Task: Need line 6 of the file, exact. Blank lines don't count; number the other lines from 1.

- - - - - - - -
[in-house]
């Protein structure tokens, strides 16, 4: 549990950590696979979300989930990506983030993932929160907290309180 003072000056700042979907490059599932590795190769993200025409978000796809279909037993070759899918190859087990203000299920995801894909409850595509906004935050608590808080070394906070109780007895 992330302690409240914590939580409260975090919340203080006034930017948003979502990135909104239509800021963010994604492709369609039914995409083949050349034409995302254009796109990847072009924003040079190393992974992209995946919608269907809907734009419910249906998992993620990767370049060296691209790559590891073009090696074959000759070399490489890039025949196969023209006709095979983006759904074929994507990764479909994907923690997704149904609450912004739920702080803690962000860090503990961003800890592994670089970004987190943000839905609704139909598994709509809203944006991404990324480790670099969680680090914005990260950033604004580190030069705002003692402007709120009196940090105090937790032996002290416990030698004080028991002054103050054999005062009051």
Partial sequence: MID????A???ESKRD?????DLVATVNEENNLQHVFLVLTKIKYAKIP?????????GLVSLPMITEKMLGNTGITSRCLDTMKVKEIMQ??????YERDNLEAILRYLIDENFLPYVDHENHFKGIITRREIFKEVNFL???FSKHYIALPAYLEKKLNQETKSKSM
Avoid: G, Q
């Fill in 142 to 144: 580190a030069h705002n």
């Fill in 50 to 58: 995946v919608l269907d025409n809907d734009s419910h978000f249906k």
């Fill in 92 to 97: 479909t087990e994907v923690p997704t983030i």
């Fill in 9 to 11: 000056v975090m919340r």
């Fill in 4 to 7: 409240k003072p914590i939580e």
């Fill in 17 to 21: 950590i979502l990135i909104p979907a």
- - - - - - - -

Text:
């Fill in 50 to 58: 995946v919608l269907d025409n809907d734009s419910h978000f249906k």